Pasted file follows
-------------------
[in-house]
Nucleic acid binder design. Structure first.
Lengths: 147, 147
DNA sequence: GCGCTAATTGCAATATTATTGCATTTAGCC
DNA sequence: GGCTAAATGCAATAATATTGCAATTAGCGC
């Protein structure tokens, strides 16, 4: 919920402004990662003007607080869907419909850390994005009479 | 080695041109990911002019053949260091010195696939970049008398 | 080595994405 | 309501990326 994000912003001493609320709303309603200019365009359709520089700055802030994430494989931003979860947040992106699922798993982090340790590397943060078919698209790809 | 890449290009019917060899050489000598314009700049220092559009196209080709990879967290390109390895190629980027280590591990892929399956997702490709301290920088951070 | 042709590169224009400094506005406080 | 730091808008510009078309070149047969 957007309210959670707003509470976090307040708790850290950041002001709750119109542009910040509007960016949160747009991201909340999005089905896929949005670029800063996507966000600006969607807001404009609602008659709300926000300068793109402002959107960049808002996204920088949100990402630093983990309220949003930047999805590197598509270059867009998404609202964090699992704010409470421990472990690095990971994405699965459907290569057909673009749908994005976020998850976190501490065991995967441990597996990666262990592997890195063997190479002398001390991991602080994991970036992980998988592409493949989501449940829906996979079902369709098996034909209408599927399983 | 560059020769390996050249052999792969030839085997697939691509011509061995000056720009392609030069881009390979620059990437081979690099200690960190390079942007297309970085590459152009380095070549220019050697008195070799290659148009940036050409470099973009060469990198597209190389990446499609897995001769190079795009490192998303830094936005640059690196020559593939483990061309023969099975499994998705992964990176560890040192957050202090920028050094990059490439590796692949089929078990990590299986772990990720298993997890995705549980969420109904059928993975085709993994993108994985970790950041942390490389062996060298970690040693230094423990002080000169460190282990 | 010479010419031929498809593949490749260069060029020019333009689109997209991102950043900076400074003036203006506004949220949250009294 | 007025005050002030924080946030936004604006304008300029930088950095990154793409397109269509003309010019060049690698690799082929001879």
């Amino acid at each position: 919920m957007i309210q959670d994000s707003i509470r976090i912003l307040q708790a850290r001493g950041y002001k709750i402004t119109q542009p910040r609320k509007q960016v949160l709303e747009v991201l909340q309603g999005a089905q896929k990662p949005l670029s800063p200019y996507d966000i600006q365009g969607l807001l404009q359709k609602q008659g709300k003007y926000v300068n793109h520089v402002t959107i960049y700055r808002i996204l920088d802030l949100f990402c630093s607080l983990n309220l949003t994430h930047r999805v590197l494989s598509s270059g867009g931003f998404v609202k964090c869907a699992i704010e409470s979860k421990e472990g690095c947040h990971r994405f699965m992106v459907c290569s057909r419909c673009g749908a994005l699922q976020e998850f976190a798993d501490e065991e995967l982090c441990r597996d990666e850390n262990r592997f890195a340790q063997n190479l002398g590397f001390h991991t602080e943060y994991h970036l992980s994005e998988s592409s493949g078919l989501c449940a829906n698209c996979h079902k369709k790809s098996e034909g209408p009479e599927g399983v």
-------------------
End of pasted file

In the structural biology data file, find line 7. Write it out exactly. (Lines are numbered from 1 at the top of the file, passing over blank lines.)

């Amino acid at each position: 919920m957007i309210q959670d994000s707003i509470r976090i912003l307040q708790a850290r001493g950041y002001k709750i402004t119109q542009p910040r609320k509007q960016v949160l709303e747009v991201l909340q309603g999005a089905q896929k990662p949005l670029s800063p200019y996507d966000i600006q365009g969607l807001l404009q359709k609602q008659g709300k003007y926000v300068n793109h520089v402002t959107i960049y700055r808002i996204l920088d802030l949100f990402c630093s607080l983990n309220l949003t994430h930047r999805v590197l494989s598509s270059g867009g931003f998404v609202k964090c869907a699992i704010e409470s979860k421990e472990g690095c947040h990971r994405f699965m992106v459907c290569s057909r419909c673009g749908a994005l699922q976020e998850f976190a798993d501490e065991e995967l982090c441990r597996d990666e850390n262990r592997f890195a340790q063997n190479l002398g590397f001390h991991t602080e943060y994991h970036l992980s994005e998988s592409s493949g078919l989501c449940a829906n698209c996979h079902k369709k790809s098996e034909g209408p009479e599927g399983v």